Nebraska’s performance in Ames makes their defensive show against Kansas look more like an aberration, but it’s hard to put those demons to rest. A strong showing against K-State this weekend will definitely demonstrate Nebraska’s ability to go on the road and play well in conference play. This is always a difficult situation for any team, to go on the road and win a game you should win against a team that is particularly jacked up for you. K-State fans have a special loathing for Nebraska, and the game will be at night allowing some extra lubrication for the purple faithful. As with the Iowa State game, a strong start will be crucial for Nebraska’s ability to control the game.


Nebraska (-11 ½) @ Kansas State. Nebraska has better athletes overall than Kansas State, and K-State is in year one of a radical offensive transformation. The Wildcats are also starting a freshman quarterback in only his second college start. Freeman engineered a great comeback against Oklahoma State last week, but that comeback was necessary because of his poor performance early. Nebraska should be able to move the ball consistently on the Wildcats’ defense and get turnovers from the freshman. Take Nebraska, give the points. And don’t call me a homer, either, Nebraska is 6-0 against the spread this year.

GBR, baby.

James Dobson, not very "evangelical" anymore?

An open letter from Jeff Carr of the Ordained Church of the Nazarene to Dr. James Dobson of "Focus on the Family" on Dr. Dobson's response to former Rep. Mark Foley's resignation, entitled "Dr. Dobson Responds to Liberal Attacks over Foley Situation"

(Situation ... is THAT what we call it now?)


Jeff Carr: An Open Letter to James Dobson
Dear Dr. Dobson,

I've wanted to write you a letter for a long, long time, but until now, it just hasn't seemed like the right time. I waited all last week to hear what you would have to say about the scandal surrounding Rep. Mark Foley (R-Florida); the revelation that he was having sexually explicit conversations with underage pages, and that the Republican leadership in the House of Representatives knew about this for many months (maybe even years) and did nothing.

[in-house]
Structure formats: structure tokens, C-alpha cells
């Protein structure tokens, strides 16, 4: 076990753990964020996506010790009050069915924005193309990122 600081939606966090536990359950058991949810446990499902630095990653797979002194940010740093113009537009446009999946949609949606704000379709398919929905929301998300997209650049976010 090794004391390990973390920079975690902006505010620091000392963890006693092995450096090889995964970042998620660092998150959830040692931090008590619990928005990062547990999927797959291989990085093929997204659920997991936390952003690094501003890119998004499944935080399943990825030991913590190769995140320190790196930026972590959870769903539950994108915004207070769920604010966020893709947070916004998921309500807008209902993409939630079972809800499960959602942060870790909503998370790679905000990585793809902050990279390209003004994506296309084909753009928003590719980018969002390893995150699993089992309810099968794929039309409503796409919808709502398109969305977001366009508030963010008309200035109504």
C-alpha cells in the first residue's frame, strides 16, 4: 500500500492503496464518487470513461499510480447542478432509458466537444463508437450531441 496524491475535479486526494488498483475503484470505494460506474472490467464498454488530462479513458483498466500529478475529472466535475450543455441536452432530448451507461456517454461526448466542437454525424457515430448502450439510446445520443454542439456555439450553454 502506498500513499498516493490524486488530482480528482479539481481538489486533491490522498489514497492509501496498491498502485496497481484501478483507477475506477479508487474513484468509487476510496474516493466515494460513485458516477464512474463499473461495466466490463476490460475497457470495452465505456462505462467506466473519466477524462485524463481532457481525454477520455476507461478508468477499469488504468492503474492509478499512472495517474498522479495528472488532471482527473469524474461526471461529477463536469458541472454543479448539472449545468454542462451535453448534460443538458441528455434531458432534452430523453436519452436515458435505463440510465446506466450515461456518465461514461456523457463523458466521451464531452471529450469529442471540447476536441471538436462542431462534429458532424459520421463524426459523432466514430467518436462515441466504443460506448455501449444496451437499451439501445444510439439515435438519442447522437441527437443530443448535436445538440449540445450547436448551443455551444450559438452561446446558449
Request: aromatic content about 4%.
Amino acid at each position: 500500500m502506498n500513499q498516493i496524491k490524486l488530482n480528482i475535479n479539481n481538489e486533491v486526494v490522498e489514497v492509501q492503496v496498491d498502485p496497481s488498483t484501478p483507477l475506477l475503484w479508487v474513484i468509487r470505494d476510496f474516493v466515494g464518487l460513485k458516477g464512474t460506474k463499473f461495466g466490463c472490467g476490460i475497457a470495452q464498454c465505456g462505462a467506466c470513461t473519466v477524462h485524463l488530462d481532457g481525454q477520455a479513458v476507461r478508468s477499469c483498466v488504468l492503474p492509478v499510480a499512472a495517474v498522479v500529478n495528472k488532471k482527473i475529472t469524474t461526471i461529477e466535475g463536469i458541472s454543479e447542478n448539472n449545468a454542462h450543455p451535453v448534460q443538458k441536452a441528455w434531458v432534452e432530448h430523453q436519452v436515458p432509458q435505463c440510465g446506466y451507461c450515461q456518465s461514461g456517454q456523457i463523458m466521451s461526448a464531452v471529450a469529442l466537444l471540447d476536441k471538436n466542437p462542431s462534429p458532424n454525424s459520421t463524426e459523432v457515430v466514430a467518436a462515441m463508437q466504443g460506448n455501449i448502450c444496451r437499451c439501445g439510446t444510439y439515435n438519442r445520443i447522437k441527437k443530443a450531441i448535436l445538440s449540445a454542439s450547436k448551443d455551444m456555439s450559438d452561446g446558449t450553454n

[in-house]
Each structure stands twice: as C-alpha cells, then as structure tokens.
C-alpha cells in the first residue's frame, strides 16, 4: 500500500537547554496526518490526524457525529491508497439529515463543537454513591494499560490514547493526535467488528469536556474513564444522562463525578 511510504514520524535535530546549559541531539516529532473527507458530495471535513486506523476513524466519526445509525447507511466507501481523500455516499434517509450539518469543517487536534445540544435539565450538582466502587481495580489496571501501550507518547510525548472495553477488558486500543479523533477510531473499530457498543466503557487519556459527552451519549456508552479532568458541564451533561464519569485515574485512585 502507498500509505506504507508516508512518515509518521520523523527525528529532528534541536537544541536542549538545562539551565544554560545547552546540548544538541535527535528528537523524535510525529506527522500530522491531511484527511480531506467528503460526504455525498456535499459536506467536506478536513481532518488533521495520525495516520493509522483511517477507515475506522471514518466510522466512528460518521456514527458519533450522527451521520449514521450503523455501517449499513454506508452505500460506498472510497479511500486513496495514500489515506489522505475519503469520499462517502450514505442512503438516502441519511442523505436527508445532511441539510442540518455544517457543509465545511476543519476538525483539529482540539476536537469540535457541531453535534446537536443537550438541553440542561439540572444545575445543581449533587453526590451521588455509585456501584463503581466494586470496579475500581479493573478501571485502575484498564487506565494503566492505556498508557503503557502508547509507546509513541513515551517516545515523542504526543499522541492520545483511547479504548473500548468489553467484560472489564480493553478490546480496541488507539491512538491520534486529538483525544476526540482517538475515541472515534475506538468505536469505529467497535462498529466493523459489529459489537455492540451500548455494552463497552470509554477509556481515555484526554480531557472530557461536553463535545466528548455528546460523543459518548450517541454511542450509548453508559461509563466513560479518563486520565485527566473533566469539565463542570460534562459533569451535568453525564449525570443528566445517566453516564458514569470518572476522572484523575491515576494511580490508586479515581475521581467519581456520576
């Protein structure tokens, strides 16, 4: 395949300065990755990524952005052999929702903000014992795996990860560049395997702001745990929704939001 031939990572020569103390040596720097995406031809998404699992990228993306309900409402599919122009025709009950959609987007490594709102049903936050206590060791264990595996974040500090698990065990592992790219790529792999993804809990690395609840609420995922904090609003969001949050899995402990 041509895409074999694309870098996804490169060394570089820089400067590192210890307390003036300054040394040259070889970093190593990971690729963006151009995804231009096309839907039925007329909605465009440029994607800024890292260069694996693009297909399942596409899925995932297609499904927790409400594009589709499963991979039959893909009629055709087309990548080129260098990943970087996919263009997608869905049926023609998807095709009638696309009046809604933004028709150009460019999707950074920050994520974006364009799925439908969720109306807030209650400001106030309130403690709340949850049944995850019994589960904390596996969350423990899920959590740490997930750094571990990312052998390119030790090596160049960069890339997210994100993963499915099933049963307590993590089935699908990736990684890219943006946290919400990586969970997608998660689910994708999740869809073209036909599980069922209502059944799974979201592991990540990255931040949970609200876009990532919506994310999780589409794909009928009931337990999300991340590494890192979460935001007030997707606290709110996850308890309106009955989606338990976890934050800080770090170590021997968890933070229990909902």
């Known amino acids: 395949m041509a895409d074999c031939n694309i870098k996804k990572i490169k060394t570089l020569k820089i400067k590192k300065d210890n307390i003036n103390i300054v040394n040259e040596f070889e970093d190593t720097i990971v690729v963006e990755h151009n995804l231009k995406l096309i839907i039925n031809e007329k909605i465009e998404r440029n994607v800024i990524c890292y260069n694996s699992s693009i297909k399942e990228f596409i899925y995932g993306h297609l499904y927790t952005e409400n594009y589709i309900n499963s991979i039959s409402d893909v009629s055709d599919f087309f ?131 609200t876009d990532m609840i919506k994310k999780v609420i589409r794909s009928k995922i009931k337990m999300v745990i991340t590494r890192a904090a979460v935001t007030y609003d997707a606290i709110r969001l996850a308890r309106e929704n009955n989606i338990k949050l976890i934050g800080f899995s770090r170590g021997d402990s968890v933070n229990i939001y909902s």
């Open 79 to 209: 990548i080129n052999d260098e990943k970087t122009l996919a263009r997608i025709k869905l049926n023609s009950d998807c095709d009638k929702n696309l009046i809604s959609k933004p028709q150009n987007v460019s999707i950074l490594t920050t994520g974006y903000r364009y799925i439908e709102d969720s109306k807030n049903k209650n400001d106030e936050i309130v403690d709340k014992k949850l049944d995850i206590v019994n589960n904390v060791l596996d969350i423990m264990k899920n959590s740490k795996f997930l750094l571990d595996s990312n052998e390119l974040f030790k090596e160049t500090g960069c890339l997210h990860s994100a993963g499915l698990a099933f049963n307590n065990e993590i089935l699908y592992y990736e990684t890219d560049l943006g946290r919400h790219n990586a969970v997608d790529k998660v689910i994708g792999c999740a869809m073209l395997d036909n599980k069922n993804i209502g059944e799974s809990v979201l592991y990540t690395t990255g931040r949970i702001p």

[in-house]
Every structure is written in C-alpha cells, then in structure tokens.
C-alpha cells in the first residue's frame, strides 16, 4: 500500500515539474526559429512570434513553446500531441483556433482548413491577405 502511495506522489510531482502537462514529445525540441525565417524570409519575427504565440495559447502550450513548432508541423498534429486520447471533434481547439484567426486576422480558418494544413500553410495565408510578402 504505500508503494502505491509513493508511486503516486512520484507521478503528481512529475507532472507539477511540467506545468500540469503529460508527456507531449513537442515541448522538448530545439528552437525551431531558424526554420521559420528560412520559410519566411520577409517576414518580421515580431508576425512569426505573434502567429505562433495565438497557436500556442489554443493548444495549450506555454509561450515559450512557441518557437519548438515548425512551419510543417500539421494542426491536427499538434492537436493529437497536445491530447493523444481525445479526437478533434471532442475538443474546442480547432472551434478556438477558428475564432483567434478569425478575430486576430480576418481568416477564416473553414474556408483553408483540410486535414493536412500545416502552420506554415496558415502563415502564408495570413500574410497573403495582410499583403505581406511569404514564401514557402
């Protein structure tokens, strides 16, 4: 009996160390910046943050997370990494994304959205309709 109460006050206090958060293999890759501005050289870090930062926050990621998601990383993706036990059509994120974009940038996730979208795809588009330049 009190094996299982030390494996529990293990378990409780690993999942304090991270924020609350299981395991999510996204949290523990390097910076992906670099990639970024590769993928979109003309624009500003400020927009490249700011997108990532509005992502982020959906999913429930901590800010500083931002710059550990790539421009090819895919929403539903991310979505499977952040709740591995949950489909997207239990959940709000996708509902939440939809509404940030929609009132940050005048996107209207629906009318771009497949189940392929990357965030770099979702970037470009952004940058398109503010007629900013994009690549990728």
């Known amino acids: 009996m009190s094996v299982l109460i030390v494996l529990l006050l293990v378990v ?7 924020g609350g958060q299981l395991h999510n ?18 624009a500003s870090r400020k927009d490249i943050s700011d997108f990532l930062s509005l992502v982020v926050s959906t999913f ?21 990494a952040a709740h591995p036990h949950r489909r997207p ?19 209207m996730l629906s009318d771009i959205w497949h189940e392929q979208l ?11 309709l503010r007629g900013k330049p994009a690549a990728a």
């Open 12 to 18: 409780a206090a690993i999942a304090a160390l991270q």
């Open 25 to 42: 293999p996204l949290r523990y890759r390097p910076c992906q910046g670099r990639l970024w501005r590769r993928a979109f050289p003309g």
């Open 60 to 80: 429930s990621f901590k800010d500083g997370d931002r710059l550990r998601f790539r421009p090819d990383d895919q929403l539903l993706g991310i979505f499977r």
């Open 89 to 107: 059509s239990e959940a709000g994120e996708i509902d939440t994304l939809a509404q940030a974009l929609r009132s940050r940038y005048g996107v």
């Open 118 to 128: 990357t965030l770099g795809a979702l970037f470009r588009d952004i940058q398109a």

You see, I'm an evangelical Christian and an ordained minister in the Church of the Nazarene. As you know, we share a common Nazarene heritage that introduced both of us to a relationship with Jesus Christ, nurtured us in the development of our faith, and educated us through their colleges.When I was growing up, you were one of the respected leaders in our church, even though you held no "official position." You wrote books about how to raise healthy children and sought, through your books, to help couples who were struggling with not only raising their children, but also maintaining their marriages in a culture and economy that creates more pressures on families every day. Your message was one of positive suggestions and tips for parents, and encouragement that with some focused effort, and God's help, families could swim upstream and provide the kind of safety and nurturing necessary for health and stability - for all members of the family. At least that's the way I remember the message as a kid.